George Soros Discusses Efforts to Spread Democracy Billionaire and philanthropist George Soros spent $27 million during the last presidential election to try to get George W. Bush out of office. But he and the president agree on at least one thing: spreading democracy. Host Steve Inskeep talks to Soros about his goal of building a civil society.

George Soros Discusses Efforts to Spread Democracy

George Soros Discusses Efforts to Spread Democracy

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Billionaire and philanthropist George Soros spent $27 million during the last presidential election to try to get George W. Bush out of office. But he and the president agree on at least one thing: spreading democracy. Host Steve Inskeep talks to Soros about his goal of building a civil society.


This is MORNING EDITION from NPR News. I'm Steve Inskeep.

The billionaire George Soros is considering his next moves after spending a piece of his fortune on last year's presidential campaign.

Mr. GEORGE SOROS (Philanthropist): I mean, I saw it very clearly that I ought to oppose President Bush. It was clear to me that that's the best thing I could do. Now that he's been re-elected, exactly how to get America back to its founding values, it's not so clear.

INSKEEP: George Soros sat down for a talk in New York City at the investment firm that made him rich. A single word in silver letters hangs behind the reception desk, the founder's last name. He's a Hungarian native who lived through the Holocaust and went on to become a currency speculator. Now he's spending his fortune on philanthropy, dispensing $400 million last year alone. What requires some explanation is that Soros shares a goal with the president he tried so hard to defeat, the spread of democracy.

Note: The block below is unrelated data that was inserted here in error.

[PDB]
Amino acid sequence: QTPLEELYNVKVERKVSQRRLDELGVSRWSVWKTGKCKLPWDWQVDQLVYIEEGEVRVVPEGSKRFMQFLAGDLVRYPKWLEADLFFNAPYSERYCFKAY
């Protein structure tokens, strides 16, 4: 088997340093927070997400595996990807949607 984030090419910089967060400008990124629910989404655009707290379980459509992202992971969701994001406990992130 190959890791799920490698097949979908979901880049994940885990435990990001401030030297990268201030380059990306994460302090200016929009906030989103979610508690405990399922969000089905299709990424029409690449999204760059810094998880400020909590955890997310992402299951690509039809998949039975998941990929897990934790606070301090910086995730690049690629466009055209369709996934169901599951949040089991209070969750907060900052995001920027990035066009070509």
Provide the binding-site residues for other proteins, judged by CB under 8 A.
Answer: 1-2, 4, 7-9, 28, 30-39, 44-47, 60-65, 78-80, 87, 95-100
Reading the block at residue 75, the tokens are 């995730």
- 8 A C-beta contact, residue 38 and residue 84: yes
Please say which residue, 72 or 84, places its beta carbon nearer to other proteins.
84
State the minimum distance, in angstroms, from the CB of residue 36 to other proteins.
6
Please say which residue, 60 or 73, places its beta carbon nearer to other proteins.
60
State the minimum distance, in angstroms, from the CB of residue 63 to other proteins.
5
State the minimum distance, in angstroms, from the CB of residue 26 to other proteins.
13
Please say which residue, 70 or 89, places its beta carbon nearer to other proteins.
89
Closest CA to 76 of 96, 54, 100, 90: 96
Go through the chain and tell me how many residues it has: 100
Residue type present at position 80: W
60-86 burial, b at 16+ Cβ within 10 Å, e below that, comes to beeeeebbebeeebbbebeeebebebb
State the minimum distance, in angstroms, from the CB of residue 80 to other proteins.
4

(Soundbite of music)

Unidentified Singer: (Singing in foreign language)

INSKEEP: When demonstrators forced a change of government in Ukraine, George Soros was there or rather his money was. Branches of Soros' Open Society Institute have worked with opposition groups in authoritarian countries. His many other causes include educational programs from Central Asia to central Baltimore.

Unidentified Man: Because it's your case, that's your question to answer.

INSKEEP: Just last week, inner-city students in a Soros-funded debate program discussed assistance to refugees.

Unidentified Student #1: If where they used to live is still blown up and bombed down, we basically want to throw them back in front of a bullet?

Unidentified Students #2: That's what we're arguing, that the US has made a commitment. Why should they be able to slack and, you know, let all these lives be lost?

INSKEEP: The sponsor of that discussion once told a biographer that he wanted to be the conscience of the world.

Mr. SOROS: Yes, I did say that and actually I stand by it. I think the world very much needs a conscience, not me personally, but I want my foundation network to be the conscience of the world, to support civil society that is critical of the state and of the government.

Mr. MICHAEL T. KAUFMAN (Biographer): It wasn't vanity speaking entirely.